Hot in Hong Kong: The new yum cha

Terry Durack
Mott 32 serves up an exciting upgrade of Cantonese food.
Mott 32 serves up an exciting upgrade of Cantonese food. Photo: Supplied

Sharpen your chopsticks: Hong Kong has never been better for dim sum lovers. If you've been before, you've probably paid respect to tradition at the venerable Luk Yu Tea House in Central, and thrown yourself in the deep end at the hot, noisy bunfight that is Lin Heung. You've chased  the old-school trolleys at Maxim's Palace, City Hall, stopped shopping long enough to smash the dumplings at Lei Garden, and saved up for a table at the world's first three-Michelin-starred dim sim at Lung King Heen at the Four Seasons to swoon over chef Yan Tak's classy steamed lobster and scallop dumplings.  But look away for one minute, and Hong Kong has added a whole new layer of dumpling magnificence, from chichi to cheap-cheap. Here are five of the hottest.

Tim Ho Wan

Get there early – like, really early, about 10am – to avoid a queue, and allow yourself to be packed in like sardines for the congee with spare rib and peanut, har gau dumplings, pork liver cheung faan rice paper rolls, ma lai goh (sweet steamed honey cake) and – the real star – the signature crisp, golden-baked barbecue pork bun. It's cheap, cheerful, well made and respectful of tradition. Chef Mak Kwai Pui left the kitchens of the three-Michelin-starred Lung King Heen to set up a tiny dim sim diner in Mong Kok back in 2009. By 2010 it had become "the cheapest Michelin-star restaurant in the world" with queues going around the block. These days there are four Hong Kong outlets and branches in Singapore, Taipei, Kuala Lumpur, and now, Sydney. The IFC Mall outlet is conveniently close to the Airport Express to or from Hong Kong Station, for that first (or last) taste of Hong Kong.

Shop 12A, Hong Kong Station (Podium Level 1, IFC Mall), Central, IFC Mall, Hong Kong, 852 2332 3078   

China Tang 

Shanghai Tang founder Sir David Tang is responsible for a whole string of beautifully crafted Chinese restaurants in Hong Kong. His latest – and loveliest – is this lavish, atmospheric, deco-inspired restaurant in the middle of the Landmark Atrium. Executive chef Li Cheung's beautifully cooked, high-detail dim sim is eaten from gorgeous pigeon-egg blue crockery, whether it's the light-as-air barbecued pork buns and steamed Shanghai xiao long bao, or the more creative steamed abalone and pork with caviar, and steamed beef ball gift-wrapped in tofu sheet. This is dim sim to dress up for.

Landmark Atrium, 15 Queens Road, Central 852 2522 2148

Mott 32

Go down, down, down into this cavernous, Joyce Wang-designed subterranean restaurant and enter a dramatic netherworld that mixes up modern industrial design, hidden alcoves and a glammy bar with the atmospherics of thirties Shanghai. But who cares what it looks like: just sell your first-born for a plate of chef Fung's freshly barbecued char siu, made here with the magnificent acorn-fed Spanish Teruel pig, marinated for 48 hours and touched with yellow mountain honey. The same pork turns the crisp, sugar-coated, baked pork buns unbelievably good (there goes the second-born). Love the xiao long bao, the lobster har gau, the chilled tofu with preserved egg. An exciting upgrade of Cantonese food for Hong Kong, with high detail and style.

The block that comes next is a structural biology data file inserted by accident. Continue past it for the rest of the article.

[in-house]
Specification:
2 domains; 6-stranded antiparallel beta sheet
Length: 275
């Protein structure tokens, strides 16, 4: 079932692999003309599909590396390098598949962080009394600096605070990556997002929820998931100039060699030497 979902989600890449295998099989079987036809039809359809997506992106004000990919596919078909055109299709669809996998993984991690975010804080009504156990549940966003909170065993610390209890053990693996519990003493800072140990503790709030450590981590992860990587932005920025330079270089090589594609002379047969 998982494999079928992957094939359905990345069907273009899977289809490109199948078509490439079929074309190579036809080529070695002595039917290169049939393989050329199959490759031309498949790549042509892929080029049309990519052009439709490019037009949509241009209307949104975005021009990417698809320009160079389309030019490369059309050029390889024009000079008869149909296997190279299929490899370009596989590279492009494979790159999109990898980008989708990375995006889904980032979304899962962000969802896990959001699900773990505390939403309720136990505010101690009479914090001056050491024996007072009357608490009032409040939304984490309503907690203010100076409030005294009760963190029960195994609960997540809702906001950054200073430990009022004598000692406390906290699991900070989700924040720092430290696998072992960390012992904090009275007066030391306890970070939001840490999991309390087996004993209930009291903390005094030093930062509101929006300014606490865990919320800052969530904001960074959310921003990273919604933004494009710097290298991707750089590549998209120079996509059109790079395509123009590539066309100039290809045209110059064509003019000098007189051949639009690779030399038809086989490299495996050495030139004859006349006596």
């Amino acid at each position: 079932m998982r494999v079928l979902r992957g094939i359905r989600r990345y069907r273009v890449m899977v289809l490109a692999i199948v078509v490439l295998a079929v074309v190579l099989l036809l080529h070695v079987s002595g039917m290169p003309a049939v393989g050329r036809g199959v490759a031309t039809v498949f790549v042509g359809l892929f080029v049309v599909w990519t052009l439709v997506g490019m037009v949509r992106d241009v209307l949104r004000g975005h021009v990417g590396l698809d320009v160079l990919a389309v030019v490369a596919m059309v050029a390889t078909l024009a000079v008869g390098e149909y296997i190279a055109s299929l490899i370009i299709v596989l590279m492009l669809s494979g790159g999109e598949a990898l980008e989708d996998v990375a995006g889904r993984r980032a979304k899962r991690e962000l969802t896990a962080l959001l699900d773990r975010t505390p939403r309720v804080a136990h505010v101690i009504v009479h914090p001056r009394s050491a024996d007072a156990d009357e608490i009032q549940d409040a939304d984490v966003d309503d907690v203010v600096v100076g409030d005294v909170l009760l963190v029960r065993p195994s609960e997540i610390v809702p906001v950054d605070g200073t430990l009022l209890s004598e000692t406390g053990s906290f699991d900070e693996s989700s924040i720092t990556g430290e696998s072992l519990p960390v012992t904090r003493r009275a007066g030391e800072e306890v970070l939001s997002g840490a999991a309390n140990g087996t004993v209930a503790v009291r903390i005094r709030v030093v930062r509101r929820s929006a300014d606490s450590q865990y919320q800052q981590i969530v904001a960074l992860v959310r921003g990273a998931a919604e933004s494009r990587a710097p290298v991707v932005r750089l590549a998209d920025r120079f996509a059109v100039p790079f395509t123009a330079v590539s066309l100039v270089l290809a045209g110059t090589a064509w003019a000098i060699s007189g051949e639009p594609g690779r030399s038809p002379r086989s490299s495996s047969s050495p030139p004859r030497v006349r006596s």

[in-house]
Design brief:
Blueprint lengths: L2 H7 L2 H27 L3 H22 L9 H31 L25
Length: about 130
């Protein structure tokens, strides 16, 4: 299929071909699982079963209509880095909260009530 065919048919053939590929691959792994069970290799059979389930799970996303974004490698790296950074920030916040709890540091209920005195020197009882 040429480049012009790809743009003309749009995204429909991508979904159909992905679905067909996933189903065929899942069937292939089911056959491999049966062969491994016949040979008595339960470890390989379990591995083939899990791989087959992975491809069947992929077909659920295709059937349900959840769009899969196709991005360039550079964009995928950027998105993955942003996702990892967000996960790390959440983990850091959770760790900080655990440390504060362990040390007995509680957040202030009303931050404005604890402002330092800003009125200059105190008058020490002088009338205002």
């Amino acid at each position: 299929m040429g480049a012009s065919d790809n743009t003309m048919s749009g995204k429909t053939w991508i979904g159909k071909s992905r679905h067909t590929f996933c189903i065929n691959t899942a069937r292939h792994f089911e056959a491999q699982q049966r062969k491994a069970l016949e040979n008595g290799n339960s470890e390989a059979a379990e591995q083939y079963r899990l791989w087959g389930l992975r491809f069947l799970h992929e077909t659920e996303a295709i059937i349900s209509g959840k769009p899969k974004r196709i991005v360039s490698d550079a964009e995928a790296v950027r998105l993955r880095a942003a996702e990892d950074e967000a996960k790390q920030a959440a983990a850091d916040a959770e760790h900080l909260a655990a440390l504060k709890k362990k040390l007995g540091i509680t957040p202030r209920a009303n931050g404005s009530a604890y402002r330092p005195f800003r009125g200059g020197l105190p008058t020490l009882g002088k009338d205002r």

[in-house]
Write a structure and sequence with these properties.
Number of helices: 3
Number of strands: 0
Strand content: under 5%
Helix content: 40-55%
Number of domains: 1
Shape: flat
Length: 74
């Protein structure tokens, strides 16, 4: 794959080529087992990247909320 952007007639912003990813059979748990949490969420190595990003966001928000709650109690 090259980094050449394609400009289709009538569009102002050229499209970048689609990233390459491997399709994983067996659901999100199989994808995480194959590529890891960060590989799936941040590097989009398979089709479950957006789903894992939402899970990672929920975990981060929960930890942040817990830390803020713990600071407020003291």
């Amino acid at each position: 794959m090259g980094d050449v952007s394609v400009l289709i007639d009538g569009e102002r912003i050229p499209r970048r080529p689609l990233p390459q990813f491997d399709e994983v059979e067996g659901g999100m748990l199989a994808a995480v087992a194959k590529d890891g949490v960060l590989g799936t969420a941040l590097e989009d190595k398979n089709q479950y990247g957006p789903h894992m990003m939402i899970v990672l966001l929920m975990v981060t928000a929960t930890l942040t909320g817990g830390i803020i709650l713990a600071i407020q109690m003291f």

Basement, Standard Chartered Bank Building, 4-4A Des Voeux Road Central, 852 2885 8688,

Yan Toh Heen

This already distinguished waterside classic Cantonese restaurant has had a luxurious makeover, promptly receiving a brand new second Michelin star for extra sparkle. Master chef Lau Yiu Fai has gone for broke with a designer selection of "superior dumplings", including crisp woo gok taro dumplings with abalone, and gold-leaf steamed king crab leg dumplings. You want soy with that? You get six different soy sauces to dabble in. Expect double-clothed tables, jade place settings, mother-of-pearl ceiling, and onyx birdcage screens – you're a long way from Chinatown now, Dorothy. Expensive, but extraordinary.

InterContinental Hong Kong, 18 Salisbury Road Tsim Sha Tsui, 852 2721 1211

Above and Beyond

Executive chef Joseph Tse has three rules: no MSG, less oil, and less sugar – everything else is game on, from Iberico pork to smoked duck eggs. This under-the-radar selection of interesting, skilfully made dim sim is never so chichi that it loses the plot: think cheung faan rice rolls wth bamboo pith, and pork dumplings with Shanghai hairy crab cream. The sleek Conran-designed 28th floor restaurant with floor to ceiling views of Victoria Harbour is the crowning glory of the Hotel ICON, a hospitality industry "training hotel" that is currently one of the city's best-value-and-style hotel choices, just a walk east from Tsim Sha Tsui.

28/F, Hotel ICON, 17 Science Museum Road, Tsim Sha Tsui, Hotel ICON, 852 3400 1318